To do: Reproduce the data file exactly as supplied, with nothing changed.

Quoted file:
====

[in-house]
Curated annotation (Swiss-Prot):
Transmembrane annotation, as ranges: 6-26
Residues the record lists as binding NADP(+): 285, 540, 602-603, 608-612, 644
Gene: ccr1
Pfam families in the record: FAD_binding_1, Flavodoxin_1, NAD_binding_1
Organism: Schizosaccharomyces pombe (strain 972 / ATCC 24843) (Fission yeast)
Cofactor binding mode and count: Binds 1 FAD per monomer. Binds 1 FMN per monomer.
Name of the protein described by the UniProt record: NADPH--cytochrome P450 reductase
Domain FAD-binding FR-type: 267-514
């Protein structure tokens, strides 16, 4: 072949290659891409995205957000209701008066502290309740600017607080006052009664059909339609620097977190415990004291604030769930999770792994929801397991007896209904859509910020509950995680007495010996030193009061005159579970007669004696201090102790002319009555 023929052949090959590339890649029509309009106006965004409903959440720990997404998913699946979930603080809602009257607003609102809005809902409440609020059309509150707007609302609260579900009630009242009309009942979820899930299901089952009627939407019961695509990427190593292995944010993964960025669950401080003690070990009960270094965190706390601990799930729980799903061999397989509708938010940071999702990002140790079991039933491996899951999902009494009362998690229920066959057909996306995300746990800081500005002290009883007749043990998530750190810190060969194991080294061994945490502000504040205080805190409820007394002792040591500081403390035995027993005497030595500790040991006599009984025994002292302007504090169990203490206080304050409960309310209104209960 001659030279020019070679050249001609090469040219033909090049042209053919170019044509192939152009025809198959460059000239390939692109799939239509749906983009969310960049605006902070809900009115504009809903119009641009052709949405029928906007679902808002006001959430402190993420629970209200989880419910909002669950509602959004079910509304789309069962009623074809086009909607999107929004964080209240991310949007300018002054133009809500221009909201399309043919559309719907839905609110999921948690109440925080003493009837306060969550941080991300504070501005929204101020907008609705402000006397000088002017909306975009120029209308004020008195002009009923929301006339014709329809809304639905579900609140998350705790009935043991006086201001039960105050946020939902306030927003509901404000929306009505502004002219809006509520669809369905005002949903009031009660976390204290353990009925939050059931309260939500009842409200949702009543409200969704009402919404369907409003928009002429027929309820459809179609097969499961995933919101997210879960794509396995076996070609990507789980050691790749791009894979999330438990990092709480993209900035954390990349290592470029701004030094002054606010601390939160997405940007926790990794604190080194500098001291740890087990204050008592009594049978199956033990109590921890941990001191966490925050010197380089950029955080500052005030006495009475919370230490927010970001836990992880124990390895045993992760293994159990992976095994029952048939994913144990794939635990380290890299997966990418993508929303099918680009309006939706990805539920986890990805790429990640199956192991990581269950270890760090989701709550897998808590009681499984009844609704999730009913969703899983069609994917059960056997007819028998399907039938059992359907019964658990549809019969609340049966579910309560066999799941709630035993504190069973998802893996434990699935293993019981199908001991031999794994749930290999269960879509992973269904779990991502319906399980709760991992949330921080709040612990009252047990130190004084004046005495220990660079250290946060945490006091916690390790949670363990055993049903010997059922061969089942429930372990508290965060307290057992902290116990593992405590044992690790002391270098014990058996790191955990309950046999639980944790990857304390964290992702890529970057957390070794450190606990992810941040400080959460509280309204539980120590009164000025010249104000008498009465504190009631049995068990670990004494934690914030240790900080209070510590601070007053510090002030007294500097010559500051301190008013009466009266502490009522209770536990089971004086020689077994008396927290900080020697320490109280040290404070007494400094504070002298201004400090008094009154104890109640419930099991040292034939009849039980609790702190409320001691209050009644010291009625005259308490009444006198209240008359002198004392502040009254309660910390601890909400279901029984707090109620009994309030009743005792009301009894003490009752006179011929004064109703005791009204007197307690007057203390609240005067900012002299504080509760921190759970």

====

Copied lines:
[in-house]
Curated annotation (Swiss-Prot):
Transmembrane annotation, as ranges: 6-26
Residues the record lists as binding NADP(+): 285, 540, 602-603, 608-612, 644
Gene: ccr1
Pfam families in the record: FAD_binding_1, Flavodoxin_1, NAD_binding_1
Organism: Schizosaccharomyces pombe (strain 972 / ATCC 24843) (Fission yeast)
Cofactor binding mode and count: Binds 1 FAD per monomer. Binds 1 FMN per monomer.
Name of the protein described by the UniProt record: NADPH--cytochrome P450 reductase
Domain FAD-binding FR-type: 267-514
């Protein structure tokens, strides 16, 4: 072949290659891409995205957000209701008066502290309740600017607080006052009664059909339609620097977190415990004291604030769930999770792994929801397991007896209904859509910020509950995680007495010996030193009061005159579970007669004696201090102790002319009555 023929052949090959590339890649029509309009106006965004409903959440720990997404998913699946979930603080809602009257607003609102809005809902409440609020059309509150707007609302609260579900009630009242009309009942979820899930299901089952009627939407019961695509990427190593292995944010993964960025669950401080003690070990009960270094965190706390601990799930729980799903061999397989509708938010940071999702990002140790079991039933491996899951999902009494009362998690229920066959057909996306995300746990800081500005002290009883007749043990998530750190810190060969194991080294061994945490502000504040205080805190409820007394002792040591500081403390035995027993005497030595500790040991006599009984025994002292302007504090169990203490206080304050409960309310209104209960 001659030279020019070679050249001609090469040219033909090049042209053919170019044509192939152009025809198959460059000239390939692109799939239509749906983009969310960049605006902070809900009115504009809903119009641009052709949405029928906007679902808002006001959430402190993420629970209200989880419910909002669950509602959004079910509304789309069962009623074809086009909607999107929004964080209240991310949007300018002054133009809500221009909201399309043919559309719907839905609110999921948690109440925080003493009837306060969550941080991300504070501005929204101020907008609705402000006397000088002017909306975009120029209308004020008195002009009923929301006339014709329809809304639905579900609140998350705790009935043991006086201001039960105050946020939902306030927003509901404000929306009505502004002219809006509520669809369905005002949903009031009660976390204290353990009925939050059931309260939500009842409200949702009543409200969704009402919404369907409003928009002429027929309820459809179609097969499961995933919101997210879960794509396995076996070609990507789980050691790749791009894979999330438990990092709480993209900035954390990349290592470029701004030094002054606010601390939160997405940007926790990794604190080194500098001291740890087990204050008592009594049978199956033990109590921890941990001191966490925050010197380089950029955080500052005030006495009475919370230490927010970001836990992880124990390895045993992760293994159990992976095994029952048939994913144990794939635990380290890299997966990418993508929303099918680009309006939706990805539920986890990805790429990640199956192991990581269950270890760090989701709550897998808590009681499984009844609704999730009913969703899983069609994917059960056997007819028998399907039938059992359907019964658990549809019969609340049966579910309560066999799941709630035993504190069973998802893996434990699935293993019981199908001991031999794994749930290999269960879509992973269904779990991502319906399980709760991992949330921080709040612990009252047990130190004084004046005495220990660079250290946060945490006091916690390790949670363990055993049903010997059922061969089942429930372990508290965060307290057992902290116990593992405590044992690790002391270098014990058996790191955990309950046999639980944790990857304390964290992702890529970057957390070794450190606990992810941040400080959460509280309204539980120590009164000025010249104000008498009465504190009631049995068990670990004494934690914030240790900080209070510590601070007053510090002030007294500097010559500051301190008013009466009266502490009522209770536990089971004086020689077994008396927290900080020697320490109280040290404070007494400094504070002298201004400090008094009154104890109640419930099991040292034939009849039980609790702190409320001691209050009644010291009625005259308490009444006198209240008359002198004392502040009254309660910390601890909400279901029984707090109620009994309030009743005792009301009894003490009752006179011929004064109703005791009204007197307690007057203390609240005067900012002299504080509760921190759970």